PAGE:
Post editor says he was told of Plame in June 2003
WASHINGTON (AP) -- The Washington Post editor Bob Woodward testified that a senior Bush administration official told him about CIA operative Valerie Plame about a month before her identity was publicly exposed, the Post acknowledged Wednesday.
Woodward told Special Counsel Patrick Fitzgerald, who is investigating the leak of Plame's identity, that the official talked to him about Plame in mid-June 2003, the Post said. Woodward and editors at the Post refused to identify the official other than to say it was not I. Lewis "Scooter" Libby, Vice President Dick Cheney's former chief of staff.
Libby was indicted last month on one charge of obstruction of justice and two counts each of false statement and perjury in connection with Fitzgerald's investigation.
Plame's husband, former U.S. Ambassador Joseph Wilson, had criticized U.S. intelligence efforts before the Iraq war. On June 23, Libby told The New York Times reporter Judith Miller that Wilson's wife might work at the CIA. Robert Novak, in a column published July 14, identified Plame as a CIA operative.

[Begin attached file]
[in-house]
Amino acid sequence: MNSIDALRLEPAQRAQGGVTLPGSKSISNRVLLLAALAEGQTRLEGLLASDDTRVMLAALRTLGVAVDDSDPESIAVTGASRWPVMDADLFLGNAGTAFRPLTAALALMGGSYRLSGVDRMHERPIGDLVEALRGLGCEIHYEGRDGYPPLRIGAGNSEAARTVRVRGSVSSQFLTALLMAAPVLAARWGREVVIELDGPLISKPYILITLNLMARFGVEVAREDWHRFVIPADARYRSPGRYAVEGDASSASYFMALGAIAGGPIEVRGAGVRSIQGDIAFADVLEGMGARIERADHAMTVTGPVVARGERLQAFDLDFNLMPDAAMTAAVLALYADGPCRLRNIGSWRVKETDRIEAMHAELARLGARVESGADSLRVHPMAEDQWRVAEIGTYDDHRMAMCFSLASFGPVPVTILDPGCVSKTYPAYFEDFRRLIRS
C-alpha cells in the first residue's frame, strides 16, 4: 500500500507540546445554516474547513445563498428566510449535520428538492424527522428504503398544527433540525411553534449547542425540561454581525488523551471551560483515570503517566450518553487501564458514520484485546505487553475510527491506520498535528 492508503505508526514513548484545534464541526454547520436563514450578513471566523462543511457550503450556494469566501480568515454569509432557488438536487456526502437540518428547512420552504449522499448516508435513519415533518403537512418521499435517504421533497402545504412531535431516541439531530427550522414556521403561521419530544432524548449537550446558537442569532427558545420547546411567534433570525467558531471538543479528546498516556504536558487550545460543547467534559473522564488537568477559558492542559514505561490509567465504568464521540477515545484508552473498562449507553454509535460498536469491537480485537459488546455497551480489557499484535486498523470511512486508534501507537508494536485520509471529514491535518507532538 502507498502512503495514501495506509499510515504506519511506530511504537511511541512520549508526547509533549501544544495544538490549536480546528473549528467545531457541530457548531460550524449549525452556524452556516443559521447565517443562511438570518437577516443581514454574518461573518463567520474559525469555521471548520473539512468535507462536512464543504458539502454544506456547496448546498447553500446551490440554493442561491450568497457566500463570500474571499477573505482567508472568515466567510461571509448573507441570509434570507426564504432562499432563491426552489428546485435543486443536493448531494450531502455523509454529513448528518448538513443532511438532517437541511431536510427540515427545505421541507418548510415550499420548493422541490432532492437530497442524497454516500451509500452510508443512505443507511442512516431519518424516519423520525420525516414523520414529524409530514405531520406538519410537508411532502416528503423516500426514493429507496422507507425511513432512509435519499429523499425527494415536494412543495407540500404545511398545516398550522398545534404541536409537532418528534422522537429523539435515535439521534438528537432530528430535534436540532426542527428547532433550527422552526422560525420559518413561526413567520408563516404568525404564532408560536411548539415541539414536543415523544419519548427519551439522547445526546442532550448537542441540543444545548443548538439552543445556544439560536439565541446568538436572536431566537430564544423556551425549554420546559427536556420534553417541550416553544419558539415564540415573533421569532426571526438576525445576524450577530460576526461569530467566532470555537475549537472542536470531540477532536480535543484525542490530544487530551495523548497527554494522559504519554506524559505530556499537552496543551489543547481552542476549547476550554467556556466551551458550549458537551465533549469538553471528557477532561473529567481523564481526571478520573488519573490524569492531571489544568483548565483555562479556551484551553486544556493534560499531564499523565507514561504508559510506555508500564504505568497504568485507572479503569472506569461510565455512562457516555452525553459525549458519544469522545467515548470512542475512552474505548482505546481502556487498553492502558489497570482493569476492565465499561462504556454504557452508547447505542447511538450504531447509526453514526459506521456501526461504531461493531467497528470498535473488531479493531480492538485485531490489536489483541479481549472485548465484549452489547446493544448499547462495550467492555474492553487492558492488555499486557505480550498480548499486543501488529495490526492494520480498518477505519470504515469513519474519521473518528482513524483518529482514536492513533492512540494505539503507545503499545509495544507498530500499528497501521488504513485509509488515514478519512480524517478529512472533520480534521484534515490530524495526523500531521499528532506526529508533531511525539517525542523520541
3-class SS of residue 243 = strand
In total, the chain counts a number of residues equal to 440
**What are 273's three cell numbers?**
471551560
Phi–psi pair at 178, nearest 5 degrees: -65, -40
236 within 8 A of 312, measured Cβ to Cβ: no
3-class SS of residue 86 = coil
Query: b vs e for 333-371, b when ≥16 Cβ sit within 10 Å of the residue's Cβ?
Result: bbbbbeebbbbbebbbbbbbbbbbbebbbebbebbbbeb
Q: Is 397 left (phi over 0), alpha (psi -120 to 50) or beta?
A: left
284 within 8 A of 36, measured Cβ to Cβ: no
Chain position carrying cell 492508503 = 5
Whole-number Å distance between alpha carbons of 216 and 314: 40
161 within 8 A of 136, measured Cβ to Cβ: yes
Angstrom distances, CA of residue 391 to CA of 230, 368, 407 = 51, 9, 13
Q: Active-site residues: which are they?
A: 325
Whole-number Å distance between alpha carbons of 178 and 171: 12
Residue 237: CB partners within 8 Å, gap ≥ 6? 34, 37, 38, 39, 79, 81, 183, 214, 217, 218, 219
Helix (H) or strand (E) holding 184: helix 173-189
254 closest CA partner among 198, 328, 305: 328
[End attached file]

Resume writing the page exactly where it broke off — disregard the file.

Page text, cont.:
Woodward's testimony in a two-hour deposition Monday would mean that another White House official told a reporter about Plame before Libby revealed her identity to Miller. A spokesman for White House adviser Karl Rove told the Post that Rove did not discuss Plame with Woodward.
William Jeffress Jr., one of Libby's lawyers, told the Post that Woodward's testimony raises questions about his client's indictment. "Will Mr. Fitzgerald now say he was wrong to say on TV that Scooter Libby was the first official to give this information to a reporter?" Jeffress said.
Woodward, famous for his investigation with Carl Bernstein of the Watergate scandal during the Nixon administration, is now assistant managing editor of the Post. In October he was dismissive of the outing of Plame, telling CNN's Larry King that the damage from her exposure was "quite minimal."